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The Midweek Motivator – Verbal Overshadowing

Psychologist Jonathon Schooler pioneered uncanny research on the effect of “visual recognition” and the subsequent impact on memory. Malcolm Gladwell’s classic book Blink revisited Schooler’s research and its impact on each of us. For example: picture the face of a listener you just met at a station event. If asked to pick that person out of a police lineup, it’s highly likely you could. Recognizing a face is an example of “unconscious cognition”. Now, what if you were asked to either sketch or write down specific features of that person’s face: hair / eye color, eye brows, facial bone structure and the like? In the latter process, your success rate will be greatly diminished based on the fact that describing a picture dramatically affects your almost effortless ability to recognize that picture. The process is called “verbal overshadowing.”

We discuss this with programming clients periodically: the Left Brain hemisphere thinks in words and logic while the Right hemisphere of the brain thinks in pictures and emotions. So, when you attempt to describe in words what your Right Brain recognizes, your powerful visual or auditory memory gets transferred to the LEFT hemisphere which subtracts recall points. The implications are important if you’re at all concerned about increasing recall for any application!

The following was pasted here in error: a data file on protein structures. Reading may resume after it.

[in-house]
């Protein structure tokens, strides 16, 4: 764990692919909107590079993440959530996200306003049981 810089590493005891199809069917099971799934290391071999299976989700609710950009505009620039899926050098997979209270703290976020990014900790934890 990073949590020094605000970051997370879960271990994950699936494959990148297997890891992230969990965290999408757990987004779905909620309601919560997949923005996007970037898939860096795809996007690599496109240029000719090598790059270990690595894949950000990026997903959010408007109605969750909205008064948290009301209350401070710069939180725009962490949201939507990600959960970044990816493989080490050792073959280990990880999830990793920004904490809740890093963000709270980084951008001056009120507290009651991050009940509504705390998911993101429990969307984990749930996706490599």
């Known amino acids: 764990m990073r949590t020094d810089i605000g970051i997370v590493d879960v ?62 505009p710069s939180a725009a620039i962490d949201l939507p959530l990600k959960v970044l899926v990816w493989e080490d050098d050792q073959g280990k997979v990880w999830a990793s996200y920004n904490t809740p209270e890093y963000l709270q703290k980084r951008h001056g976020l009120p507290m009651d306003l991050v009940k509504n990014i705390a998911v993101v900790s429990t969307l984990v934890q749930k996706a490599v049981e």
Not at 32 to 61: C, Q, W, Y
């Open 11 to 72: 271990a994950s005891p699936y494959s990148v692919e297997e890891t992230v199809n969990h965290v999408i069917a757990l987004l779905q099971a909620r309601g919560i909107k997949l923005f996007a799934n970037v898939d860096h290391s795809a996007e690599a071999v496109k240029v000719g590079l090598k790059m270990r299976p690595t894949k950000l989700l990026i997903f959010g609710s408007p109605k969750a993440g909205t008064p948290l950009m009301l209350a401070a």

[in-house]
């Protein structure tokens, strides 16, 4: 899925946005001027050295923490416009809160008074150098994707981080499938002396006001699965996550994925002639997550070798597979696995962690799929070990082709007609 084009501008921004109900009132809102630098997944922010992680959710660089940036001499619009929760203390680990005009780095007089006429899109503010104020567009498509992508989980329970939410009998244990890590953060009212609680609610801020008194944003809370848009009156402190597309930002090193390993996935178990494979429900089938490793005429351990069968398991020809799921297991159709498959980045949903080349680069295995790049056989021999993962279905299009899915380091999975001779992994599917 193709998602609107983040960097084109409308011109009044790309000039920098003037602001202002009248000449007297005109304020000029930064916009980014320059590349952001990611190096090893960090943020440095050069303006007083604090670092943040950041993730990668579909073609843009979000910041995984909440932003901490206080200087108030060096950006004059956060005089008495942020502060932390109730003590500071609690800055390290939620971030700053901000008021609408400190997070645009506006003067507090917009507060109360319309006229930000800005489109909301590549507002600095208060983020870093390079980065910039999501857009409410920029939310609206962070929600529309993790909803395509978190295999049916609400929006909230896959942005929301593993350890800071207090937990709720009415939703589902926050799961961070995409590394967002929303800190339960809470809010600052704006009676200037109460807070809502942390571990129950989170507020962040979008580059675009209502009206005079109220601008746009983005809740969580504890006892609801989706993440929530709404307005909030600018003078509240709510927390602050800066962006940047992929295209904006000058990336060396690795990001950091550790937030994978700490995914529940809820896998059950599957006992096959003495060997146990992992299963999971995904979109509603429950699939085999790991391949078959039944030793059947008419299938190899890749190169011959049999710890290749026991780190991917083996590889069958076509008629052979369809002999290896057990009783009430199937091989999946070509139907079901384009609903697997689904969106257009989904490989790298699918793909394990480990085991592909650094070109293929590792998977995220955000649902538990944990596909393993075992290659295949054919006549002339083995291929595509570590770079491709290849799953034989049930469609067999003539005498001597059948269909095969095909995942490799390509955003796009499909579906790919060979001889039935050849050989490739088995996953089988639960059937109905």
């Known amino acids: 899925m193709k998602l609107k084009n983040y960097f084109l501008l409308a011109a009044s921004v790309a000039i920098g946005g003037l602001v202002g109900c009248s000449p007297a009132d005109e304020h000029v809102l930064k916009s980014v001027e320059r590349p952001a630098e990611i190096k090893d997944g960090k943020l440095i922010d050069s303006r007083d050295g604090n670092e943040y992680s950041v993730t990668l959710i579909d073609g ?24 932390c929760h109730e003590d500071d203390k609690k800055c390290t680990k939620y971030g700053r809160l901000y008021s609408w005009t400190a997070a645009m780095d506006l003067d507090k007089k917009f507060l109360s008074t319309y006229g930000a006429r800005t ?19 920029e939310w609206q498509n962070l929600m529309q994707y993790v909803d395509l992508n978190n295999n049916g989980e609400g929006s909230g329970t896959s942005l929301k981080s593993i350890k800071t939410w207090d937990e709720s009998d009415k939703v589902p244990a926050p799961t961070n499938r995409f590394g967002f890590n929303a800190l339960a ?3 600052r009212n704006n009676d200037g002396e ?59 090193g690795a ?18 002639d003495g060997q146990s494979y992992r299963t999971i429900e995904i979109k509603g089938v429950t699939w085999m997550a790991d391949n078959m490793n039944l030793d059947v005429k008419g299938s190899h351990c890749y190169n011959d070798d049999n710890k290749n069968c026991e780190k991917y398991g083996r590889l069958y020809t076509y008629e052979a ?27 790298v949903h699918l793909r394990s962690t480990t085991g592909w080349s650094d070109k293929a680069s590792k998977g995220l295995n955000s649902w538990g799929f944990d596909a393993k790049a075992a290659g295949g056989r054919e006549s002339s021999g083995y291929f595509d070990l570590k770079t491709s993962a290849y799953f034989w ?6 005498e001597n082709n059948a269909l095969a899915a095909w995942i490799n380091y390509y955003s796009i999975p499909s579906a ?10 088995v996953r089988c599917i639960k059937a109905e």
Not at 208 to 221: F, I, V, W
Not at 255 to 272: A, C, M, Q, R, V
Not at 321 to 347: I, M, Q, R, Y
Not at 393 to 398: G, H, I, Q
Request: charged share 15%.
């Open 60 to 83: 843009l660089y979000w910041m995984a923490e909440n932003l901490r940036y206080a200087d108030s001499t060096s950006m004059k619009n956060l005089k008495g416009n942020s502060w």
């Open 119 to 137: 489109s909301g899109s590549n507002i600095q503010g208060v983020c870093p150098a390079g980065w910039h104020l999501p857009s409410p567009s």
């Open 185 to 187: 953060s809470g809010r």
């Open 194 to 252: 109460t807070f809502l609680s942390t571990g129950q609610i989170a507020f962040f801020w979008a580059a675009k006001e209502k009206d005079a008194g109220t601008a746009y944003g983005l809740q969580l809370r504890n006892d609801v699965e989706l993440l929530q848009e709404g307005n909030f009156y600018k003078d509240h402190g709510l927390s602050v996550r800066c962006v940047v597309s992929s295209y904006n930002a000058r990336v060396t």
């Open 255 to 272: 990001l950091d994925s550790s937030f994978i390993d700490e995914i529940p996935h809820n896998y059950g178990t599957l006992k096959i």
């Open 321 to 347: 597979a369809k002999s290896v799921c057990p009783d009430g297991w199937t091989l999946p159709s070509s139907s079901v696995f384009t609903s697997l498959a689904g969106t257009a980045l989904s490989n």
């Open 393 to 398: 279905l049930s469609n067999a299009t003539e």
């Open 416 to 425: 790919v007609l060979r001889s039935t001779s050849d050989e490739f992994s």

Consider the following riddle: A man and his son are in a serious car accident. The father is killed, and the son is rushed to the emergency room. Upon arrival, the attending doctor looks at the boy and gasps, “This child is my son!” The riddle: Who is the doctor?

This is what Gladwell refers to as an “insight puzzle,” unlike a logic problem with Calculus or Chemistry that can be penciled out on paper. The only way you get a rapid solution is through the process of “thin-slicing.” In this case you’ll need to jump beyond the automatic paradigm that “doctors must necessarily be men.”

Circling back to Schooler’s research in cognition and insight puzzles, after analysis of voluminous tables taking into account respondents’ approach to puzzles he found that those asked to explain themselves by creating a narrative around what they SAW solved over 30 percent fewer puzzles than those who weren’t! In short, those of us who over-analyze a situational issue greatly reduce our “flash insight” and our ability to solve a situational episode is significantly impaired.

Putting it in perspective, faced with an exercise asking people to record their thoughts, calculations and outcomes won’t impair their problem-solving. In fact it may improve the process. But problems or processes that call for “flash insight” such as creating content or imaging a format operate under different rules. When you start becoming analytical about a creative process, it undermines the outcome; you lose the flow!

When we think about creating messages for media consumption, this discovery suggests that contrary to old thinking, the best way to communicate a message may come with stepping back from the receiver, disguising the “selling” with right-hemisphere or “visual emotion” based thoughts and ideas. As humans, we have incredible abilities to hold a visual or auditory scene in our memory, allowing us to thin-slice a puzzle in a flash. But, Gladwell observes, these abilities are very fragile, like a flickering flame that can be snuffed out.